Self-harm means that your child hurts her body on purpose. It often leaves marks or causes damage. It may also be called self-injury, self-mutilation, and self-abuse. Self-harm is a way to cope with or relieve painful or hard-to-express feelings, but the sense of relief your child may get does not last long.
If your child self-harms, she may be at a higher risk for suicide due to the danger of certain self-harm behaviors.
The exact cause of this disorder is not known. Possible causes include:
Self-harming can happen at any age, but it is most common in teens and young adults.
Symptoms may include:
Your healthcare provider will ask about your child’s symptoms and medical history and examine your child.
Therapy may help.
Medicine may be prescribed if your child also has problems with anxiety, panic, depression, or obsessive thoughts.
Trying to stop the behavior may be very stressful. Journaling, art therapy, relaxation techniques, and physical exercise may be useful to replace self-harm behaviors.
If your child is a danger to herself, she may need to be treated in the hospital. Your child may also need to be in a day or evening treatment program for several months to learn how to manage emotions in a safe way.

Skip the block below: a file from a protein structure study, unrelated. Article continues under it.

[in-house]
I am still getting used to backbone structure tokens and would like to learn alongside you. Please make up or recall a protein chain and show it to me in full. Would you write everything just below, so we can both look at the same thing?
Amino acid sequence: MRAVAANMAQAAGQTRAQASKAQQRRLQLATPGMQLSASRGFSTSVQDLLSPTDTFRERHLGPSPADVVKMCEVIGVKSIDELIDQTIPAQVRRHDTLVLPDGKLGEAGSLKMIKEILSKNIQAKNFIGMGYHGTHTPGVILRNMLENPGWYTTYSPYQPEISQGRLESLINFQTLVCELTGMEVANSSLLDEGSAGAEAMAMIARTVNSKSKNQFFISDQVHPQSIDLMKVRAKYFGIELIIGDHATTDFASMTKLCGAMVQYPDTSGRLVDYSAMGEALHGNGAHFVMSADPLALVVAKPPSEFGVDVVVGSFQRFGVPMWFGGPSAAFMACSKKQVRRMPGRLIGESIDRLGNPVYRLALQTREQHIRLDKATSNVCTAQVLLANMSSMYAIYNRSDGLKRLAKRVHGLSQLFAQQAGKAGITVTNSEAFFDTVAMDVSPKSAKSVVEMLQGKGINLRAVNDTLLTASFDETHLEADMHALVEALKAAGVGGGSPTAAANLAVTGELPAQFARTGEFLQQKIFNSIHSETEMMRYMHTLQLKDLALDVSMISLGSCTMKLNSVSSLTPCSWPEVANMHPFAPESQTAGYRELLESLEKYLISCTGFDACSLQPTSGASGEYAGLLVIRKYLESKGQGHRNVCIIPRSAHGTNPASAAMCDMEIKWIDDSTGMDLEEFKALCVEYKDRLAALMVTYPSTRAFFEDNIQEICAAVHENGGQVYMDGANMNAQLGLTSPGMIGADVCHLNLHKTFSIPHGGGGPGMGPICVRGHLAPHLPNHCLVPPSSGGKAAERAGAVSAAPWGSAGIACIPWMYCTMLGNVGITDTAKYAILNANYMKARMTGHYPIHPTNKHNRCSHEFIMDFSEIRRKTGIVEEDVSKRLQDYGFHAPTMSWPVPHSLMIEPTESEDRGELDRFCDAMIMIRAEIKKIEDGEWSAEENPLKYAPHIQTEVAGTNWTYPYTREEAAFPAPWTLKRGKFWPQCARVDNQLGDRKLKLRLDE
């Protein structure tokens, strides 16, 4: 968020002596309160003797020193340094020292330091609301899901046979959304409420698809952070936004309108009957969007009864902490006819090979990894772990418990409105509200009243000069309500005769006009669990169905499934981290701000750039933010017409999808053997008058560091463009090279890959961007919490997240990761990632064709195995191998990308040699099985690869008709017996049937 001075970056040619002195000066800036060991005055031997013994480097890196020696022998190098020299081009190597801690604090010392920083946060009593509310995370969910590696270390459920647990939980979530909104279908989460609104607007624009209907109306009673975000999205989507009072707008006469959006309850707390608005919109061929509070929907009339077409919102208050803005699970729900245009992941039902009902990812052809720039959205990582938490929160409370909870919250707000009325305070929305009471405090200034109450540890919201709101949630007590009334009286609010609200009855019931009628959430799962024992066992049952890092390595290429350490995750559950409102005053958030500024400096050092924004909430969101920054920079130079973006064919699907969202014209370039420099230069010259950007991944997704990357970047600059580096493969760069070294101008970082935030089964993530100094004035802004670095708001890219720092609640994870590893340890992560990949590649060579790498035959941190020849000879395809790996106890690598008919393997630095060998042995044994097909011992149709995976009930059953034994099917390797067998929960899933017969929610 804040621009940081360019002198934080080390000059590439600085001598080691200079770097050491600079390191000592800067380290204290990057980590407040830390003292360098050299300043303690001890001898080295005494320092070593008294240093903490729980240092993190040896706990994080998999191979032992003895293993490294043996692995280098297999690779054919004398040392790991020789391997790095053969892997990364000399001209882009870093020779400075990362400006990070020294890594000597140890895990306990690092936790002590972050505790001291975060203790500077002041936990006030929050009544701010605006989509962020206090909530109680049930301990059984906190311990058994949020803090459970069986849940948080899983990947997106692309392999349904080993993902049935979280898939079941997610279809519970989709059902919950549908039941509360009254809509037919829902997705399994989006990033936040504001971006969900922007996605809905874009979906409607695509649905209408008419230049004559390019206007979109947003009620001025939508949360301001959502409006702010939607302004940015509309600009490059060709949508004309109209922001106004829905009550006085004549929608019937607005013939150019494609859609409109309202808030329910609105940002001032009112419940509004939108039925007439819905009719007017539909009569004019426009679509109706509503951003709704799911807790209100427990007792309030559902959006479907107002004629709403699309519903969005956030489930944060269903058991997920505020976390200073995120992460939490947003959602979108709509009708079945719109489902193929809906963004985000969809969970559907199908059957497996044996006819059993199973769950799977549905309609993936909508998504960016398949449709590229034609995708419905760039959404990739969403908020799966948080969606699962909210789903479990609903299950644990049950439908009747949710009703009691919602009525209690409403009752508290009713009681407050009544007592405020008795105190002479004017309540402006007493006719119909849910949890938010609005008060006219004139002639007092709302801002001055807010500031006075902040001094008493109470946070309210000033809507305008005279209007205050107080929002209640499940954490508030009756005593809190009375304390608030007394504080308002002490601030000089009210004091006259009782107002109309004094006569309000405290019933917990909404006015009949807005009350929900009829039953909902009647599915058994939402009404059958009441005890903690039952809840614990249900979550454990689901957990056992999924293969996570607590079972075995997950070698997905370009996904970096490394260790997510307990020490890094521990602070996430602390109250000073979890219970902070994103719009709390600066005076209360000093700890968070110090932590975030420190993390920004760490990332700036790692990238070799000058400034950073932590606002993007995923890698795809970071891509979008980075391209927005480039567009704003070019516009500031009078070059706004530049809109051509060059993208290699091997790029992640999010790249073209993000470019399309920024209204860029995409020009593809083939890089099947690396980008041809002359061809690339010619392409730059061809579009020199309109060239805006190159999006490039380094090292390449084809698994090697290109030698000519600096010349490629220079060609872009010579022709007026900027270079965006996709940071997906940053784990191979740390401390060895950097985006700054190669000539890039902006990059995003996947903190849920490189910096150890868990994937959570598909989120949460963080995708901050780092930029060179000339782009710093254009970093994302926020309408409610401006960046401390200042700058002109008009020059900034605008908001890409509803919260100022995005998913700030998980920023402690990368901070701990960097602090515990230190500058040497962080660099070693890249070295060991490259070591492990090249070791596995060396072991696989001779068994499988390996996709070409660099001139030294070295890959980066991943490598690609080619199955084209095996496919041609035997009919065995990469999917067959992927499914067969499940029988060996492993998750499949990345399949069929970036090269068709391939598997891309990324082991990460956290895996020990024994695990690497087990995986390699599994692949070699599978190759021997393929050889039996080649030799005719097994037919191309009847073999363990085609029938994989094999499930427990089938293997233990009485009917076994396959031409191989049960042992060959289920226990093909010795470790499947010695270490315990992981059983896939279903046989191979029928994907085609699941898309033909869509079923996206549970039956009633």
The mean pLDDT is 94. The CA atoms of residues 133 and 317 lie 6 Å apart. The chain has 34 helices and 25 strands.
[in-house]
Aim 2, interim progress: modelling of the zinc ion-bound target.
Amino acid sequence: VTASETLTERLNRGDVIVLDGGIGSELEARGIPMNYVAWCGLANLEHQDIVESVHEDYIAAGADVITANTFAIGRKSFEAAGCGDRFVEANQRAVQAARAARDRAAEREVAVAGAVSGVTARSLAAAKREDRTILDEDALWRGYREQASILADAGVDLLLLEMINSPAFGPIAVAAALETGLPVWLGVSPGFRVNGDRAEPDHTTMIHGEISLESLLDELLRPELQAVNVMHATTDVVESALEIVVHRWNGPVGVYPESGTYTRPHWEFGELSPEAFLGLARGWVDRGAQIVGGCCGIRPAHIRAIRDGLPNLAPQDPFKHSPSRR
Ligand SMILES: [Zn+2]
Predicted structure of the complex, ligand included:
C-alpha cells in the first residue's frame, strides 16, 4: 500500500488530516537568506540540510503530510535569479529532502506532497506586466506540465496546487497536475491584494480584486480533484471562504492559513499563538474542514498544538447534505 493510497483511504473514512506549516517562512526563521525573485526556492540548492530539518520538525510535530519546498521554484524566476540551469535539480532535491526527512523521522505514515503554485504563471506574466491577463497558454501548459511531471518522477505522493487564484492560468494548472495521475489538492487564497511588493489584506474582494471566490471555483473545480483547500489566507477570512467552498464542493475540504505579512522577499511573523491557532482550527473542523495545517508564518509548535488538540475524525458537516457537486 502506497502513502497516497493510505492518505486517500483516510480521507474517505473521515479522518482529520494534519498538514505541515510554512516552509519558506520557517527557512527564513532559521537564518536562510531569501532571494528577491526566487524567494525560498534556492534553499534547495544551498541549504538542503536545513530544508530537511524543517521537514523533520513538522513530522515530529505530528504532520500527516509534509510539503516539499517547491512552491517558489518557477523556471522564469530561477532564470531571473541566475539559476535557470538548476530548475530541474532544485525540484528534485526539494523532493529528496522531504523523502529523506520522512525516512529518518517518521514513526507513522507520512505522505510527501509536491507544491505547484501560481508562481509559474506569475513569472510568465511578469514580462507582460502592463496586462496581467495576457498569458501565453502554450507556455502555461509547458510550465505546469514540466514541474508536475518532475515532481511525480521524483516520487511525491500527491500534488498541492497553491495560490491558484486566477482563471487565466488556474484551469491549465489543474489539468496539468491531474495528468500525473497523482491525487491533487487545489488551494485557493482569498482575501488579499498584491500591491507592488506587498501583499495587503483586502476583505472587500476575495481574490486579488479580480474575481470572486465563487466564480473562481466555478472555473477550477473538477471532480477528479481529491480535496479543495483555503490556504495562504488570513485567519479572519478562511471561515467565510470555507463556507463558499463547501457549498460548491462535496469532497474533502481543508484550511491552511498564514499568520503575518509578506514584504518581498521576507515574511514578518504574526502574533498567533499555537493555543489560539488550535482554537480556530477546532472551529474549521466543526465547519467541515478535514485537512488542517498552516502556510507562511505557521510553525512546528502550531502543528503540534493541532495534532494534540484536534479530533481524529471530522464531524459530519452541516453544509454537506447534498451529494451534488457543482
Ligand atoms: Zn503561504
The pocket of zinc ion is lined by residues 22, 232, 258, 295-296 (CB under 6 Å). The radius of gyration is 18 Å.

Develop trust by not judging your child. Quietly listen to what your child tells you and try to understand what she is feeling. Repeat back what you are hearing her say to you. Tell her that what she is feeling is understandable. Tell your child you want to help and support her.
Getting your child to stop self-harming without helping her find something to replace the behavior may be very stressful. Help her find something else to do when she feels the need to self-harm, such as journaling, art therapy, relaxation techniques, physical exercise, or talking to you, other family members, or friends.
Other things that may help include:
If your child threatens to commit suicide, take it seriously. Seek help immediately.
For more information, contact: